Verse > Anthologies > T. R. Smith, ed. > Poetica Erotica: A Collection of Rare and Curious Amatory Verse
T. R. Smith, comp.  Poetica Erotica: Rare and Curious Amatory Verse.  1921–22.
To a Young Lady Leaning out of Her Window
By Thomas Brown (1662–1704)
WHEN Venus naked from the sea arose,
She did not half so many charms expose,
Nor when for the decisive fruit she strove,
Showed Paris half so rich a view of love:
Nay, when she clasped Adonis in her arms,        5
The melting Goddess had not half your charms:
Less firm her snowy breasts, her skin less white,
Her lovely limbs less tempting to delight.
How then shall we express those charms below,
Which you and nature both forbear to show?        10
So fair an hostess, and so fair a sign,
Would force a trade, and recommend bad wine.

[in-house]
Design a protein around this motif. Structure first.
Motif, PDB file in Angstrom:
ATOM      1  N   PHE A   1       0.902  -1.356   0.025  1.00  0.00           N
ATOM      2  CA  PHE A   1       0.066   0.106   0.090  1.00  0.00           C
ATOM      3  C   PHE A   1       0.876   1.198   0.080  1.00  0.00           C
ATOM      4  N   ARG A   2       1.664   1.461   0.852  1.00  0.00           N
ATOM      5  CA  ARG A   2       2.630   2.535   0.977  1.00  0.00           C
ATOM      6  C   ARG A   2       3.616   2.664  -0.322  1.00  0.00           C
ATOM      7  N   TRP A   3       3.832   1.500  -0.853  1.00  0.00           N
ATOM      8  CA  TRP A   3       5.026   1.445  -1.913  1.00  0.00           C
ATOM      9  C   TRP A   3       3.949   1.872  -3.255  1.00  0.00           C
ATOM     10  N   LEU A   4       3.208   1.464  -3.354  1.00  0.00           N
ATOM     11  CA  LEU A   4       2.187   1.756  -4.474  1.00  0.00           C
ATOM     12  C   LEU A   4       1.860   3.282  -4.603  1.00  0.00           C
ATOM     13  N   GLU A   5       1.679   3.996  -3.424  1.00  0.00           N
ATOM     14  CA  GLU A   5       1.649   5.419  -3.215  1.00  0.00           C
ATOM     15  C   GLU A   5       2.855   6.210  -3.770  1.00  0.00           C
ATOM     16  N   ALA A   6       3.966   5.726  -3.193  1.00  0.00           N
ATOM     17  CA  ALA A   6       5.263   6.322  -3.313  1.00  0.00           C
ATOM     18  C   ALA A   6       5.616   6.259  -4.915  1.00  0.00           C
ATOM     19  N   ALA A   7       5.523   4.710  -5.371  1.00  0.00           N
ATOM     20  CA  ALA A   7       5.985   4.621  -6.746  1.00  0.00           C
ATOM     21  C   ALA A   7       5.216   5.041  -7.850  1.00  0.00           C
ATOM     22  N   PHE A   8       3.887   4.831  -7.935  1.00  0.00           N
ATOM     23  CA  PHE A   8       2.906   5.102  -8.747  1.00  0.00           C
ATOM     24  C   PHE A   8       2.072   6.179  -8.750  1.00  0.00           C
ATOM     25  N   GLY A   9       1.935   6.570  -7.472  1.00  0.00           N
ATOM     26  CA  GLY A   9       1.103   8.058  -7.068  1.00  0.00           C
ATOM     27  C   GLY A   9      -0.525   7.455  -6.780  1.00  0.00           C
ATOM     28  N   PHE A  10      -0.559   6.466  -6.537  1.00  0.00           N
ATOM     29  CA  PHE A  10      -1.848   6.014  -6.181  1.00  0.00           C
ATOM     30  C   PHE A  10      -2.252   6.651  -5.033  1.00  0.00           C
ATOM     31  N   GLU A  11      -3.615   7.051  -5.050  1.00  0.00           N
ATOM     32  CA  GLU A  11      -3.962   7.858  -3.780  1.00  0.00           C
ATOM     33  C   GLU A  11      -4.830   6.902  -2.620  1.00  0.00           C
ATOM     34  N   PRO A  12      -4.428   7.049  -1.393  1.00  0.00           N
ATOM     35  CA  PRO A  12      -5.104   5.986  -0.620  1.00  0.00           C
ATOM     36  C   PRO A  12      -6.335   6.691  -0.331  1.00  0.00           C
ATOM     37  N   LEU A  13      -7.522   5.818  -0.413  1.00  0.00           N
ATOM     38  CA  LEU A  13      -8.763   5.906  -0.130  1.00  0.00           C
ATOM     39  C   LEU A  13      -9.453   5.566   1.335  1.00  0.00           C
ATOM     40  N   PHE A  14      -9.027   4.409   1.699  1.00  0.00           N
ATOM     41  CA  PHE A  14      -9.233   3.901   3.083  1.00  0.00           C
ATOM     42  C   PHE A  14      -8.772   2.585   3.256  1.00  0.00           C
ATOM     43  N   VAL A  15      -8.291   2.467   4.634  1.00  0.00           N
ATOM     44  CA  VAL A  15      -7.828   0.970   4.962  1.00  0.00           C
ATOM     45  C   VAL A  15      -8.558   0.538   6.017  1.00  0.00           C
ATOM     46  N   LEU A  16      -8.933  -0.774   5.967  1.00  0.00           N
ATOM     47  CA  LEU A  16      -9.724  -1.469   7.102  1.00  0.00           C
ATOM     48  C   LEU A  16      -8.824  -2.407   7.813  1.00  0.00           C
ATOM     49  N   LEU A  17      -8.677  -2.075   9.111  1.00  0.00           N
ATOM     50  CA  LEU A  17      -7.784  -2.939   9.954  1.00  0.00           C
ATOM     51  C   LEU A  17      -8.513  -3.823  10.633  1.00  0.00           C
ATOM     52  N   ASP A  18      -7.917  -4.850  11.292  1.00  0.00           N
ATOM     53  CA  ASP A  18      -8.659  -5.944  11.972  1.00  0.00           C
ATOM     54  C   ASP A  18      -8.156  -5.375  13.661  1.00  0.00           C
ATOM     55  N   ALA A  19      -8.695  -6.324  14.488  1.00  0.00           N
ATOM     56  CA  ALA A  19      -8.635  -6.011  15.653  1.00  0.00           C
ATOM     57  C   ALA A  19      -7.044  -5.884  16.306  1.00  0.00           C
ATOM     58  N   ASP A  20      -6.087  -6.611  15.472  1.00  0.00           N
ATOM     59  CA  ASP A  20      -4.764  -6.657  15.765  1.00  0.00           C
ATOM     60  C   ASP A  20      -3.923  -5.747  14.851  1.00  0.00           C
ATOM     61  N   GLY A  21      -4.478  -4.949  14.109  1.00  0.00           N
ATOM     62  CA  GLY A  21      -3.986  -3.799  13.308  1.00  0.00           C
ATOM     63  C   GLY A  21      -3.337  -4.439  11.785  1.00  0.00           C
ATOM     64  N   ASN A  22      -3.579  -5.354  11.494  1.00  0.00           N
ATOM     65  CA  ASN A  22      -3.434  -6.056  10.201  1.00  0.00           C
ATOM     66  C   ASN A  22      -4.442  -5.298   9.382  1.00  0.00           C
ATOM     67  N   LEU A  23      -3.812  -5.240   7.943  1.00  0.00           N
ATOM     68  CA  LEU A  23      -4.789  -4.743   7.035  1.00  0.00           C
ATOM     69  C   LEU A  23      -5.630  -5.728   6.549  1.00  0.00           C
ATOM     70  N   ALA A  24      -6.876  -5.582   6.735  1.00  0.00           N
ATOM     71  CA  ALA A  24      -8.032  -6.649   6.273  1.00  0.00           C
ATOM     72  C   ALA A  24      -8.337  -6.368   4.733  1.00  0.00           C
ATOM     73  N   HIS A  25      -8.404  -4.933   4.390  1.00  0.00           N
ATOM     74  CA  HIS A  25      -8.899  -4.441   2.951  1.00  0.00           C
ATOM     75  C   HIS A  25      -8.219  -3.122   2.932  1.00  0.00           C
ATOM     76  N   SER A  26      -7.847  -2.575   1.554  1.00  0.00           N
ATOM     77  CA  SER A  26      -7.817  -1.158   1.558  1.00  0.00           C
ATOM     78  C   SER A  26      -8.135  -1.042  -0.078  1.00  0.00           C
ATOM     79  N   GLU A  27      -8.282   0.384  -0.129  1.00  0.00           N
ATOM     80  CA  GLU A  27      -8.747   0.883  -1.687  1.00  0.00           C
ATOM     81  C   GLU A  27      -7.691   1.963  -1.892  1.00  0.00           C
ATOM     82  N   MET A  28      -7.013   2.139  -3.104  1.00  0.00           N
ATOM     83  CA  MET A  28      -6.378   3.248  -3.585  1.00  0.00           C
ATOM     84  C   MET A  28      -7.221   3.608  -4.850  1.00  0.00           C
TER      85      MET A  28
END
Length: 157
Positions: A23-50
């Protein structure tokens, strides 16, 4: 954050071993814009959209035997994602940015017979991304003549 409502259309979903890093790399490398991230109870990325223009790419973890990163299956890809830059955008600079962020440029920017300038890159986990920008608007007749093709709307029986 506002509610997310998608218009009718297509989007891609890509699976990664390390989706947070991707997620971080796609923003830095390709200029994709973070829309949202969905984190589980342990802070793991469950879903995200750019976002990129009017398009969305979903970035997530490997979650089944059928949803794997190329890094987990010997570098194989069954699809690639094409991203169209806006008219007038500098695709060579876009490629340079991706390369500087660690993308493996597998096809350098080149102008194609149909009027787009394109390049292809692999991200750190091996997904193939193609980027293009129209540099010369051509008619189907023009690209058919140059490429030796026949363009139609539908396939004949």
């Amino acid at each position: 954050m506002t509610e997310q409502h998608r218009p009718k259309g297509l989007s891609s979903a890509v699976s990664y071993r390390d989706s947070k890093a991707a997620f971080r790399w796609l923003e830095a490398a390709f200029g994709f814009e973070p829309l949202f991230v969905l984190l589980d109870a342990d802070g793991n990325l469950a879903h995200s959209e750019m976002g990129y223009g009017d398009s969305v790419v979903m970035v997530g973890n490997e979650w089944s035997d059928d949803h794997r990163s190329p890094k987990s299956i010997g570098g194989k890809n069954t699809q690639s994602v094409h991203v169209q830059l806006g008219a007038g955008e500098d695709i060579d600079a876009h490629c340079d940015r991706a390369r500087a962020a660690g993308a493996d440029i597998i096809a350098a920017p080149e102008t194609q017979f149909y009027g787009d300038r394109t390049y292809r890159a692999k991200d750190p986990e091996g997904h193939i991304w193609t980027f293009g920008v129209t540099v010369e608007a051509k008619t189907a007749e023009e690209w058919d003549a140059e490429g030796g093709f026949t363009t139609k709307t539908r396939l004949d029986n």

Water from such a spring is sweeter far,
Than all the clusters of the vintage are.
Let Bacchanalians and the empty beaux,        15
Hunt out Champagne, Burgundy, and Bordeaux.
To fetch some drops from that dear shady well,
Would all the nectar of the gods excel;
Your eyes assure us that you can dispense
Peculiar joys for each peculiar sense.        20
Then having let us see, pray let us taste
Those dear concealed delights below the waist;
’Twere madness to expect to keep one’s heart,
When Cupid lies entrenched in every part.
How shall we guard our freedom from surprise,        25
When your least charms are in your conquering eyes?

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